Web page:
Dynamic shifts in large-scale brain network balance as a function of arousal

Christina B. Young*, Gal Raz, Daphne Everaerd, Christian F. Beckmann, Indira Tendolkar, Talma Hendler, Guillén Fernández, Erno J. Hermans

*Corresponding author for this work

Research output: Contribution to journalArticlepeer-review

91 Scopus citations

Abstract

The ability to temporarily prioritize rapid and vigilant reactions over slower higher-order cognitive functions is essential for adaptive responding to threat. This reprioritization is believed to reflect shifts in resource allocation between large-scale brain networks that support these cognitive functions, including the salience and executive control networks. However, how changes in communication within and between such networks dynamically unfold as a function of threat-related arousal remains unknown. To address this issue, we collected functional MRI data and continuously assessed the heart rate from 120 healthy human adults as they viewed emotionally arousing and ecologically valid cinematographic material. We then developed an analysis method that tracks dynamic changes in large-scale network cohesion by quantifying the level of within-network and between-network interaction. We found a monotonically increasing relationship between heart rate, a physiological index of arousal, and within-network cohesion in the salience network, indicating that coordination of activity within the salience network dynamically tracks arousal. Strikingly, salience-executive control between-network cohesion peaked at moderate arousal. These findings indicate that at moderate arousal, which has been associated with optimal noradrenergic signaling, the salience network is optimally able to engage the executive control network to coordinate cognitive activity, but is unable to do so at tonically elevated noradrenergic levels associated with acute stress. Our findings extend neurophysio-logical models of the effects of stress-related neuromodulatory signaling at the cellular level to large-scale neural systems, and thereby explain shifts in cognitive functioning during acute stress, which may play an important role in the development and maintenance of stress-related mental disorders.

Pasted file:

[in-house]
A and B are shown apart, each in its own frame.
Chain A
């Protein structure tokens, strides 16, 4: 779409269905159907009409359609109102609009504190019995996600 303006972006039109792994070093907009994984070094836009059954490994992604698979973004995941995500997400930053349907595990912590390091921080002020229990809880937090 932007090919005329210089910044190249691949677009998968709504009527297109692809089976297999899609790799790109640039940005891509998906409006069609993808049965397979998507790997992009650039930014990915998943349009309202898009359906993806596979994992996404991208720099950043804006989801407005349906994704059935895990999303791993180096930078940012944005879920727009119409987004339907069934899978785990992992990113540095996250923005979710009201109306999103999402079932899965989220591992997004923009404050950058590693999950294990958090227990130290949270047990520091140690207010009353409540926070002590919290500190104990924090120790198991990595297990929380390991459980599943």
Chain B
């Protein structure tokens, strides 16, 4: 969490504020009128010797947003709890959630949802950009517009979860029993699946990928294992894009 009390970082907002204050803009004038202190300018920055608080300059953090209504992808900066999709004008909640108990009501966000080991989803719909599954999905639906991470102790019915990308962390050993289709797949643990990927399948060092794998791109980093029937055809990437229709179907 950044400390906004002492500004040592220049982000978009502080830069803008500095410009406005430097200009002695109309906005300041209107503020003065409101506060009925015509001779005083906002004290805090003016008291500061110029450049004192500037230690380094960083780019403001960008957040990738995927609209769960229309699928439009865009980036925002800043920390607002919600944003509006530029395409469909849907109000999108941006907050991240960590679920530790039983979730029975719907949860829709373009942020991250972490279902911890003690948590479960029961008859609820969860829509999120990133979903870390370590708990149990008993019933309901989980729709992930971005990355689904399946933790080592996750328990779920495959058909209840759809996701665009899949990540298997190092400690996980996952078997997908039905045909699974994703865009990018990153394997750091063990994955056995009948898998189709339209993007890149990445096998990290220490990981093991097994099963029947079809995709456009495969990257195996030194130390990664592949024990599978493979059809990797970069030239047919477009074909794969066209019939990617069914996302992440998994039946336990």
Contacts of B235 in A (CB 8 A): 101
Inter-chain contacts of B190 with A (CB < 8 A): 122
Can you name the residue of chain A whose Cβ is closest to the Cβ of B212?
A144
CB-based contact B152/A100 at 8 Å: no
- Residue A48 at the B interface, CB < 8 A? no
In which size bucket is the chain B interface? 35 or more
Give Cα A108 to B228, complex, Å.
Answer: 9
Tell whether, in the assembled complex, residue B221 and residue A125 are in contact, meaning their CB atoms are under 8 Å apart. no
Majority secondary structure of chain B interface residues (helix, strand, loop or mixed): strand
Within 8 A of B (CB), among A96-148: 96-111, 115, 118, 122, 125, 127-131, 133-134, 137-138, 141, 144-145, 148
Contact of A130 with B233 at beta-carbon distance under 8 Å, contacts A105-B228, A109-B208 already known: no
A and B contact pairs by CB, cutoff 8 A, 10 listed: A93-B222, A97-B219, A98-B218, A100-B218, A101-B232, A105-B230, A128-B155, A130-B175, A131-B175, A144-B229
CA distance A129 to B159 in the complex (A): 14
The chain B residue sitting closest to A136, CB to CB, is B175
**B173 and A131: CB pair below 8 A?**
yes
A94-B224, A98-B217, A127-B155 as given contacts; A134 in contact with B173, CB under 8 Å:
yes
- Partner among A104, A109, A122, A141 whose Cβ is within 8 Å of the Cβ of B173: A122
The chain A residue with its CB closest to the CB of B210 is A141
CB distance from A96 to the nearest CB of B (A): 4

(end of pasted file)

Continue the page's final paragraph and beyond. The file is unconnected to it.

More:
Original languageEnglish
Pages (from-to)281-290
Number of pages10
JournalJournal of Neuroscience
Volume37
Issue number2
DOIs
StatePublished - 11 Jan 2017

Funding

FundersFunder number
National Science FoundationDGE0824162
European Research CouncilERC-2015CoG 682591, 602186
Ministry of Science, Technology and Space
Nederlandse Organisatie voor Wetenschappelijk Onderzoek918.66.613, 451.07.019

    Keywords

    • Arousal
    • Functional MRI
    • Functional connectivity
    • Large-scale networks
    • Stress

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